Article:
• Better safe than sorry, I reckon. Wouldn't want them to bomb Pearl Harbor again.

      • Are you sure about that? It's quite clear from the historical record that that's exactly what "we" wanted then (the Axis were extremely reluctant to drag the "sleeping giant" into the war, at least until we forced their hand in Indonesia) and it's well understood that Washington had advance knowledge of the impending attack at Pearl and didn't warn the Fleet...

        Do you really think things have changed so much that T.P.T.B. would be able to resist another opportunity to manipulate our nationalistic sensibiliti

        • by Maritz (1829006)

          and it's well understood that Washington had advance knowledge of the impending attack at Pearl and didn't warn the Fleet...

          I used to think that. Then I found out it was bollocks. Both the knowledge, and it being 'well understood'.

          • by Smauler (915644)

            It is bollocks. Without pearl harbour, and Germany invading Russia, the war would have been a lot closer, because the US and the USSR would not have been on the right side.

        • People in Washington were sure an attack was coming, but they didn't know when or where. Ten days before the Pearl Harbor attack, the Army and Navy sent separate messages to the commanders in the Pacific warning of imminent attack. Some commanders, like in the Canal Zone, were as prepared as they could get.

          The Japanese sent a message to be delivered to the US Secretary of State at a particular time, and there was an effort to warn Pearl Harbor about it, but for technical reasons the message arrived aft

  • @people from the US (Score:4, Interesting)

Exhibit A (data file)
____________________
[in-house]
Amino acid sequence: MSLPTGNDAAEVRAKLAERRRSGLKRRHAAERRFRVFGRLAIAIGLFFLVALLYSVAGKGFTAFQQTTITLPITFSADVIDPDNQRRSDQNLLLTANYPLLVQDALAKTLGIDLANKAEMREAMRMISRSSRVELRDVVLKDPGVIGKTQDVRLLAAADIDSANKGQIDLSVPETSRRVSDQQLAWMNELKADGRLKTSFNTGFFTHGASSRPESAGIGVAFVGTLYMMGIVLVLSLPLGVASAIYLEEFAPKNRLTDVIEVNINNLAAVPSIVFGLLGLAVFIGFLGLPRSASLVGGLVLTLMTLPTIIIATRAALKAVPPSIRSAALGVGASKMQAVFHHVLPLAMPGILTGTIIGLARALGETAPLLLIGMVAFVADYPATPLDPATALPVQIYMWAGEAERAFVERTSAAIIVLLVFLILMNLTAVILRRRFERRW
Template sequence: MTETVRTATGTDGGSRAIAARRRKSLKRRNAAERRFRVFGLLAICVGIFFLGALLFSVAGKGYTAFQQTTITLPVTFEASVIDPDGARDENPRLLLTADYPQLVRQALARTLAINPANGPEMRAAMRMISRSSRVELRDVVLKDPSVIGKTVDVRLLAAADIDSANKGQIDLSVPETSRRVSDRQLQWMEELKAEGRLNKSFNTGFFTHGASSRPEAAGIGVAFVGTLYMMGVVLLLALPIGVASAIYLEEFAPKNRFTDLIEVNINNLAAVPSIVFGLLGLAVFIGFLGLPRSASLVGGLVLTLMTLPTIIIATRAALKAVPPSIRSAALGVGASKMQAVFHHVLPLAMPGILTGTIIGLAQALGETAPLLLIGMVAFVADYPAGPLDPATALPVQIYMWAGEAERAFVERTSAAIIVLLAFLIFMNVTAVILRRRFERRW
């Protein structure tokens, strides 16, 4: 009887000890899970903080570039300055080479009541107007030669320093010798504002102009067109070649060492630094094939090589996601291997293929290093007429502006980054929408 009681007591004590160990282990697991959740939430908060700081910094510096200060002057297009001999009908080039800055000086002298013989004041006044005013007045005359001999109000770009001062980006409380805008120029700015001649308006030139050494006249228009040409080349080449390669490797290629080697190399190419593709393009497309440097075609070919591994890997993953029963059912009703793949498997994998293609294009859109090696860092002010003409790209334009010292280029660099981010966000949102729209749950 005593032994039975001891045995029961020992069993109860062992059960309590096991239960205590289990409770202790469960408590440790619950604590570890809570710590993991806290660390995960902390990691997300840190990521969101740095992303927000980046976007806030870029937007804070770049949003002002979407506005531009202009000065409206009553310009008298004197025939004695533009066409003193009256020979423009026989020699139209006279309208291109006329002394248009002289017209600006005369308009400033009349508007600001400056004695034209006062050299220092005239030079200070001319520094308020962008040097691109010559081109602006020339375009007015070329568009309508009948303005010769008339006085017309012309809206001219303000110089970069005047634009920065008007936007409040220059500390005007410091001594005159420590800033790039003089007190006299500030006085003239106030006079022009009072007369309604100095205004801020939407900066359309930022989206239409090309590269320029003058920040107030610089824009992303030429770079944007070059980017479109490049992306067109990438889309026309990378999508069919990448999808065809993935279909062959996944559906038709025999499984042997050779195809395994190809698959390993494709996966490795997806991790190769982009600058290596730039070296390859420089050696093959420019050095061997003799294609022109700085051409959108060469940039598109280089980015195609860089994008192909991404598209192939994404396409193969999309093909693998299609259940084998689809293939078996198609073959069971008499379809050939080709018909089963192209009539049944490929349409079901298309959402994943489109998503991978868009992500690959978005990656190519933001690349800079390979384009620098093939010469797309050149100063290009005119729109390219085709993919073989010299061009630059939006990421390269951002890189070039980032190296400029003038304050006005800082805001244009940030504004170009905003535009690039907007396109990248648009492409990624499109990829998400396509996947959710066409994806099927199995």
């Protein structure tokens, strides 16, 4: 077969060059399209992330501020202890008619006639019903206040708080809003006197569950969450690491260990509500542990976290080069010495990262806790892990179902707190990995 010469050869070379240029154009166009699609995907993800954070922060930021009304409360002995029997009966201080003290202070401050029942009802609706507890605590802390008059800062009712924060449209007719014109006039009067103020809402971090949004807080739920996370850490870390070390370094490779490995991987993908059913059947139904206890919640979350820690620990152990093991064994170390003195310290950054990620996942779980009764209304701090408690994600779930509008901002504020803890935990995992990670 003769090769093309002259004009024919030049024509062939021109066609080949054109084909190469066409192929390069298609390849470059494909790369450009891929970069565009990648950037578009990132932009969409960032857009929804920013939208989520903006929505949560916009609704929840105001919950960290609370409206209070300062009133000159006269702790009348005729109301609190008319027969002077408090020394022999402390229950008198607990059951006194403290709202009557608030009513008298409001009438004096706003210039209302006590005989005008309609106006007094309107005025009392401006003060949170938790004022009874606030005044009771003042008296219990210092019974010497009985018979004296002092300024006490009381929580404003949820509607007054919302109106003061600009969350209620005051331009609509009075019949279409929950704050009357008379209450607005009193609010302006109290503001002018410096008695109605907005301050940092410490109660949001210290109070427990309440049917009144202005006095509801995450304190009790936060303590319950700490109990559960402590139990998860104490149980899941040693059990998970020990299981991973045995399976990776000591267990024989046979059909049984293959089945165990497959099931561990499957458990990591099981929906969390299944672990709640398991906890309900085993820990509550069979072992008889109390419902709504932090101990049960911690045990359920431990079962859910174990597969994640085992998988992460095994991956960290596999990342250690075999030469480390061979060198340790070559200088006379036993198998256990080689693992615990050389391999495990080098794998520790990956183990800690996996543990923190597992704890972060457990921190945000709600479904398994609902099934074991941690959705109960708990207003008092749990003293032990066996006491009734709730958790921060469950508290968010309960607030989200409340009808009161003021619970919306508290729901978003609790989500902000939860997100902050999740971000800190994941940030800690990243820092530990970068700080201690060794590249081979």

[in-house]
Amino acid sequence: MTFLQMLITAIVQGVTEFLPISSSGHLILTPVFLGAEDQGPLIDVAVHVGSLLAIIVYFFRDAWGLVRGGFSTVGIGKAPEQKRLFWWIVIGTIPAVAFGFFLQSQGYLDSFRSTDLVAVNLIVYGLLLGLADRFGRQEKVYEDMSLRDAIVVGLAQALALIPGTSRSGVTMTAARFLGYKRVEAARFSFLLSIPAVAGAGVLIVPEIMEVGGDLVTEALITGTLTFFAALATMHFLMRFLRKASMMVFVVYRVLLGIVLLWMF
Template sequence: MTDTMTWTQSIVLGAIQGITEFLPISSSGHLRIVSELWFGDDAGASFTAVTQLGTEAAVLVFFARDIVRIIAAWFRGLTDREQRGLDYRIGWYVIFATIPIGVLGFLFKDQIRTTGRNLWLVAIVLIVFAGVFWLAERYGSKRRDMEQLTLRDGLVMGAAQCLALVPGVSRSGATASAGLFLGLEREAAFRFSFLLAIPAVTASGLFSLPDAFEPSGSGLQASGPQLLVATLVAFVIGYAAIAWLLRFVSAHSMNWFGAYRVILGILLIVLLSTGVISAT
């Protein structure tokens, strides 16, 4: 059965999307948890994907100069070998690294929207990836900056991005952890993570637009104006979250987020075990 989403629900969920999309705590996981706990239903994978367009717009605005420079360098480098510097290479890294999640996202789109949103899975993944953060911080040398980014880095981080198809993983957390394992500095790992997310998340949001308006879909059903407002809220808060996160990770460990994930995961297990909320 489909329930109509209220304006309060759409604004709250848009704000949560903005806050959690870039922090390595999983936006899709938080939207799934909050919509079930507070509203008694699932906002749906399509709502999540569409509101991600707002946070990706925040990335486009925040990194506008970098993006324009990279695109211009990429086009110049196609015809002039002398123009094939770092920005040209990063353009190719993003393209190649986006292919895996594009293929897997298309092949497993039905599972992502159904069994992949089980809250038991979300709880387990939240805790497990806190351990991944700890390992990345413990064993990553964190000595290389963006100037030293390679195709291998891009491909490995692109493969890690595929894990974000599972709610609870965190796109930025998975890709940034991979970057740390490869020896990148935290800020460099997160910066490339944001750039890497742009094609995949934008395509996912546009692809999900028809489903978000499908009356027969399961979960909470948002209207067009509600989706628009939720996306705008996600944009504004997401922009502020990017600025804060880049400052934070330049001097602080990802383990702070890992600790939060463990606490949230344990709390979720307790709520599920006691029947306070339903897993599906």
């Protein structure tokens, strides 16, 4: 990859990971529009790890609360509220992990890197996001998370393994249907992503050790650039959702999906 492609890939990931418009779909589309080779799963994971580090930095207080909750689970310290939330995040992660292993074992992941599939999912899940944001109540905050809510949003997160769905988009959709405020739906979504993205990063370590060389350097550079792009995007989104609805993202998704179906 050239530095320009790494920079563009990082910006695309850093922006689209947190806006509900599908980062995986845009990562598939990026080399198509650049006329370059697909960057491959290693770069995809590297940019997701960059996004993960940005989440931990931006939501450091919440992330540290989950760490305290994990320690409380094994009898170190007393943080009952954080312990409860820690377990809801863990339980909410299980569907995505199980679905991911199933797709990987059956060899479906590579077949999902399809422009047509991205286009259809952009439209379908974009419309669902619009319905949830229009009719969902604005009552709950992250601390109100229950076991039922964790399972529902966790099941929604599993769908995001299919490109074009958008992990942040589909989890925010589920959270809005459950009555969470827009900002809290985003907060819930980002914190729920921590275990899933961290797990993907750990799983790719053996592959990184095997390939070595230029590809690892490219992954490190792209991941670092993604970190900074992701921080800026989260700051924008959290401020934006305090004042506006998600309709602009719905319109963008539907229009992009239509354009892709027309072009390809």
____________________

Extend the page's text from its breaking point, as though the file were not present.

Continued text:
by Anonymous Coward on Saturday March 29, 2014 @12:44PM (#46610101)

    Could someone from the US please tell me and convince me why Germany should still be friends with the USA? 'Cause the USA are certainly NOT behaving like a friend. More like a foe and bully who thinks Germany is an enemy.

    • by Opportunist (166417) on Saturday March 29, 2014 @01:01PM (#46610187)

      The US actually is the schoolyard bully of international politics. Just in case someone hasn't noticed that yet. The US exhibits every behaviour of the classic schoolyard bully. He beats up the weaker kids but does not want to get into a fight with anyone that could stand up for himself. He steals the lunch money from those that can't defend themselves. Or, in a more modern form, the bully "buys" your cellphone for a buck so you can't say he stole it from you. He bought it, see? Same goes for resources, on an international scale. Should a teacher (or the UN) take a stern look at them, they'll start smooching up to them and pretend that they're gonna help the teacher to keep the smaller bullies in reign, and since that's quite comfortable, they'll gladly take that offer.

      International politics and schoolyard politics ain't that different. It's the same shit on a bigger scale, that's all, but the silly billys are the same.

      • Re: (Score:3, Interesting)

        by sumdumass (711423)